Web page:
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Vascular Tumors

Many birthmarks found on newborn babies are not a cause for concern. New mothers and fathers who are not familiar with birthmarks may be alarmed to see one or more reddish patches of skin on their baby. These small marks are more formally, or medically, called nevus simplex. They are a harmless form of congenital birthmark that typically goes away with time. Historically, these marks have been known as Stork Bites.

What is a Stork Bite?

Almost everyone has heard the fable of how a stork delivers a newborn baby to its assigned family. These marks get their slang name from where a stork’s beak could have left a mark from carrying the baby. Since they commonly appear on the back of the neck, or the eyelids, upper lip, between the eyebrows or on the forehead, it’s easy to imagine the picture and see the connection.

Oddly enough, stork bites on the back of the neck are the ones that can persist and require treatment for removal. The others usually vanish by age three without any medical therapy.

Stork bites, or nevi simplex, are caused by small groupings of blood vessels that are close to the surface of the skin, making them visible. They are not painful and cause no other symptoms outside the reddish coloration. Most never grow beyond a fingernail in size, but larger ones are not unknown.

Kinder traditions call stork bites “angel kisses” and they are sometimes called “salmon patches” because of their color. Other, more ancient traditions, believed the baby had been marked by a demon and was under some sort of curse if nevi simplex were present.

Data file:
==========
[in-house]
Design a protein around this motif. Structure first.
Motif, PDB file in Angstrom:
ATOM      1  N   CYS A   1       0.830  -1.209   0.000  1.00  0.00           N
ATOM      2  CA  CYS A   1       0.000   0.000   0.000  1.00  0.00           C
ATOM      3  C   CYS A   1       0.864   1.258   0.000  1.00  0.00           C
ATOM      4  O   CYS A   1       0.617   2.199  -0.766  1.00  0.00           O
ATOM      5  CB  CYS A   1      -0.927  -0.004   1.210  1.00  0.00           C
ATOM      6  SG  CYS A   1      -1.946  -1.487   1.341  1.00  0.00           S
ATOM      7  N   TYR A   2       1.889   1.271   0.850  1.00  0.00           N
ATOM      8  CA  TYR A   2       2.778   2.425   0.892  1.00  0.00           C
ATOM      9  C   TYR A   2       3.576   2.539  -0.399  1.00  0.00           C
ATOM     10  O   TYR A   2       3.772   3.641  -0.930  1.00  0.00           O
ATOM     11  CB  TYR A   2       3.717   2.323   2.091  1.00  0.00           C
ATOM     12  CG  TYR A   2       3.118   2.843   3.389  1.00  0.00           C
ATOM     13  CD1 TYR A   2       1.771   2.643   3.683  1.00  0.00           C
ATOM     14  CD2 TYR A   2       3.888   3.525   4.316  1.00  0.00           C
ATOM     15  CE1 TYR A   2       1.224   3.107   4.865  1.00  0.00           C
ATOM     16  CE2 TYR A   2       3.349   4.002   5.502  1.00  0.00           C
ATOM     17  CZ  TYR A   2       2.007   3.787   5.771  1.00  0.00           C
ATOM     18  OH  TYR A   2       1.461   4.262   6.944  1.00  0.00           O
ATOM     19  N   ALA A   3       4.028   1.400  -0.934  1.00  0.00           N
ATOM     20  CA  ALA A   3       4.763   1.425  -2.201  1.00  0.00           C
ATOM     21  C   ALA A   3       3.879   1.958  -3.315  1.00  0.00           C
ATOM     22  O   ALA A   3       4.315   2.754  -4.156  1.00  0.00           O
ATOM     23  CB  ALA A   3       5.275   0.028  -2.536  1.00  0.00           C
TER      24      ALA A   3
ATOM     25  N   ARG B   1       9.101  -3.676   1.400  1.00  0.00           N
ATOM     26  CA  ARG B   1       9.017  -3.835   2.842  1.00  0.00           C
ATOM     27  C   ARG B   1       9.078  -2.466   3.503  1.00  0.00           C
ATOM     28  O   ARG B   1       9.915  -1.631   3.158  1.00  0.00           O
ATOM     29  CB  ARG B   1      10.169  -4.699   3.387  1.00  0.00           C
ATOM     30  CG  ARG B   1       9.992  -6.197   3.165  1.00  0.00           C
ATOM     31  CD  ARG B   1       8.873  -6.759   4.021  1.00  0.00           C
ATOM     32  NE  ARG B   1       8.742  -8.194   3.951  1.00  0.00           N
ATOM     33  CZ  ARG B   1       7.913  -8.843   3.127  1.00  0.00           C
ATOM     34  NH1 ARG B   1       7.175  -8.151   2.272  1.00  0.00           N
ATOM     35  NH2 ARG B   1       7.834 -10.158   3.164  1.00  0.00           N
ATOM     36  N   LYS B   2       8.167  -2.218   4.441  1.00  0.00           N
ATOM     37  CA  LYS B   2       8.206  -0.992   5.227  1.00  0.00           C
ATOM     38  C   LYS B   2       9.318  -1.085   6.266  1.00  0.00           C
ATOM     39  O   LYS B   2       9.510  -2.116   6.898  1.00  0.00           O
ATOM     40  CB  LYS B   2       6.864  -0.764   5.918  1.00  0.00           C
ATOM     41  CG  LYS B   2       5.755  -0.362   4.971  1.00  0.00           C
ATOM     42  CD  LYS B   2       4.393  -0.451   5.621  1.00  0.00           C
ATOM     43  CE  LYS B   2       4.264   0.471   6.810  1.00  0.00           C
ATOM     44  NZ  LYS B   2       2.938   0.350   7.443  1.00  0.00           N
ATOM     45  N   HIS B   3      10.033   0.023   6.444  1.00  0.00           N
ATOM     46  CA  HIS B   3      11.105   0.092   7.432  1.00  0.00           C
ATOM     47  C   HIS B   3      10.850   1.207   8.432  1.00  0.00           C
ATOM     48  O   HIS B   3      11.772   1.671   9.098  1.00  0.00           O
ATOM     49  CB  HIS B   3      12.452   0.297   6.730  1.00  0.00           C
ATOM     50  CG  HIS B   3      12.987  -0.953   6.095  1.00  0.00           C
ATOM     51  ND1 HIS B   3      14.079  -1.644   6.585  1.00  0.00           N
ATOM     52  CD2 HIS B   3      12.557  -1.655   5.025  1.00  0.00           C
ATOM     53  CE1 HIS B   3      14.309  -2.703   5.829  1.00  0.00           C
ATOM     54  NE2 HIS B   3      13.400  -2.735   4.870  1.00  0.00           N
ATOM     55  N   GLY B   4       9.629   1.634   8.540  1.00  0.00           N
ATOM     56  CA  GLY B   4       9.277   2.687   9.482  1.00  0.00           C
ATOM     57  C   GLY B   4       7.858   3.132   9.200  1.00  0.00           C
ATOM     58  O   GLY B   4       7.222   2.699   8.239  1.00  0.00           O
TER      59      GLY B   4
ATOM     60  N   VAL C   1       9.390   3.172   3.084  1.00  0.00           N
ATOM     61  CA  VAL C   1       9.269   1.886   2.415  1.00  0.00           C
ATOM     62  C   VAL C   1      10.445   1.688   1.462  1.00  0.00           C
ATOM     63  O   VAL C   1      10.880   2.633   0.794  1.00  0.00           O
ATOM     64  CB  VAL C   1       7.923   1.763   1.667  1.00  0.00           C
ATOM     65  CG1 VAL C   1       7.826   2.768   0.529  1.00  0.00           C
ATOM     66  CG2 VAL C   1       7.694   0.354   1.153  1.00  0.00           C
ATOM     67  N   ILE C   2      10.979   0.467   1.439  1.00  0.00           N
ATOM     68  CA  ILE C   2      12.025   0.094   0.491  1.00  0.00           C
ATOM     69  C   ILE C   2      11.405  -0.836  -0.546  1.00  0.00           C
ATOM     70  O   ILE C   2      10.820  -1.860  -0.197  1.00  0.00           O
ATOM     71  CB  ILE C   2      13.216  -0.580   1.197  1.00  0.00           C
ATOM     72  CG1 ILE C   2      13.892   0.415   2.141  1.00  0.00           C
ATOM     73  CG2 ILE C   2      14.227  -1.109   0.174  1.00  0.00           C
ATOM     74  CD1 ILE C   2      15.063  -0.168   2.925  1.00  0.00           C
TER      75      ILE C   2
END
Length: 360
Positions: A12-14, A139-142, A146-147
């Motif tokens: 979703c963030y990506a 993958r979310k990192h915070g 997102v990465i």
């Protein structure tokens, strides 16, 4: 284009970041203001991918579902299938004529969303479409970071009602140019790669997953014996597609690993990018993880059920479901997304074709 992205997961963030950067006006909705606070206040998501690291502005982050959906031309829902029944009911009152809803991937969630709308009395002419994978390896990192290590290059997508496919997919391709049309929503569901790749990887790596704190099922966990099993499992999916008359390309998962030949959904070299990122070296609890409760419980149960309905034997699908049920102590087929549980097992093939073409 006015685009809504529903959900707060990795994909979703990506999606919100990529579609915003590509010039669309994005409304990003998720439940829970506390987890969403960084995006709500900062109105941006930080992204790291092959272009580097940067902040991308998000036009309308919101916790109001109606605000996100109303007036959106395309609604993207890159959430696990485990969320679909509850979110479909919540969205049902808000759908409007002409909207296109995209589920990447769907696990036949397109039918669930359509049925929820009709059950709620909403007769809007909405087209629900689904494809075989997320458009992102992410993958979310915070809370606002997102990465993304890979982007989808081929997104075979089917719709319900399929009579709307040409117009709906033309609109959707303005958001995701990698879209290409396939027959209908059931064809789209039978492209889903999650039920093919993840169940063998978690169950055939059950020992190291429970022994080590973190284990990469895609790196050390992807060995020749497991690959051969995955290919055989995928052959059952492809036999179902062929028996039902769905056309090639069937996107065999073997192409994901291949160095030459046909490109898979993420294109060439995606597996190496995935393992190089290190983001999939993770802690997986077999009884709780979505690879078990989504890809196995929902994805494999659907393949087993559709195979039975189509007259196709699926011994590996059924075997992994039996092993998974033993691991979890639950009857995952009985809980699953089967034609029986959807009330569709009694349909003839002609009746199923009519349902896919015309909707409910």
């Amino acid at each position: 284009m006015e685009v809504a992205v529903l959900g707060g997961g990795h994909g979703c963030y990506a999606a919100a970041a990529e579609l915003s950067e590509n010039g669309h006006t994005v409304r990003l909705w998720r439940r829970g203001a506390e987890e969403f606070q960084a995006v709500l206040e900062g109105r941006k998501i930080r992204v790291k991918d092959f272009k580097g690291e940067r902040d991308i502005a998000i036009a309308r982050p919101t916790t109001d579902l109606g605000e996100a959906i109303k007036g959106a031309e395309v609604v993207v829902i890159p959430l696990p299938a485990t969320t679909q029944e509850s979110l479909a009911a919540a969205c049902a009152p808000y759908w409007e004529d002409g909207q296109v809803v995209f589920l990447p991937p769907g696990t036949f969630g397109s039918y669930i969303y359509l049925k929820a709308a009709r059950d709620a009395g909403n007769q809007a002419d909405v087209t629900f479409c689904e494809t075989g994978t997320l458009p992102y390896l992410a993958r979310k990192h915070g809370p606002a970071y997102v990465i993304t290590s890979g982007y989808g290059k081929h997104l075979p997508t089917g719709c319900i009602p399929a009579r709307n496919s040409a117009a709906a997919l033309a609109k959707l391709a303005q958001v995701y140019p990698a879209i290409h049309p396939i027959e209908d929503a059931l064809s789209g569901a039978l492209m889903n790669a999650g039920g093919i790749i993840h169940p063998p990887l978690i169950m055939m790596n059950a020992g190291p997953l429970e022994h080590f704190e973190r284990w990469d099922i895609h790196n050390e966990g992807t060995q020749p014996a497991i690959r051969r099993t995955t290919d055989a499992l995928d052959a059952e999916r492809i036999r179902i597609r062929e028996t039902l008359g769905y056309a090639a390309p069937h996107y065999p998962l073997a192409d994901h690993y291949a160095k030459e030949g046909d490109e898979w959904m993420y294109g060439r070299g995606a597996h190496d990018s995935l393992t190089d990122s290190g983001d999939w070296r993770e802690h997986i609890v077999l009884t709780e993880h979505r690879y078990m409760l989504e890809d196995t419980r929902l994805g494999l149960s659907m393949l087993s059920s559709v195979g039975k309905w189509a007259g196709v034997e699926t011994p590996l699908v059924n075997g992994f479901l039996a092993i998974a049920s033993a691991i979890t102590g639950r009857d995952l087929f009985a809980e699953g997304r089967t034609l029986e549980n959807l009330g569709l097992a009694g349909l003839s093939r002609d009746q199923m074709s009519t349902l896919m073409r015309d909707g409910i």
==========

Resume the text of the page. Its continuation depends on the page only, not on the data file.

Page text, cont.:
If your newborn has one or more of these nevi, your specialist at the Vascular Birthmark Institute can diagnose them and alleviate any worries you have about complications or problems.

Can Persistent Nevi Simplex be Treated?

Occasionally, a persistent nevi simplex will not fade with time, such as the ones located on the back of the neck. If the mark persists into the teens or into adulthood, the person may want it removed for cosmetic / aesthetic concerns. Modern laser treatments can remove a nevi simplex mark with just a few sessions. The laser seals up the tiny blood vessels, causing them to collapse and be reabsorbed by the body. This is similar to treatment for varicose veins, only simpler.

More rare, larger nevi may require surgical removal and skin grafting to completely eradicate. A dermatologist or skin specialist can recommend the best treatment option for a large nevi that causes the patient cosmetic concerns.

Other types of birthmarks can present differing levels of problems that parents should bring to the Vascular Birthmark Institute for diagnosis and treatment. Our talented and skilled specialists treat some of the most complex birthmark-related conditions in the world right here in New York. Contact us today for more information or to schedule a consultation with one of our specialists.

Posted on behalf of Vascular Birthmark Institute

210 East 64th Street, 3rd Floor
New York City, NY 10065

Phone: (212) 434-4050

FAX: (212) 434-4059


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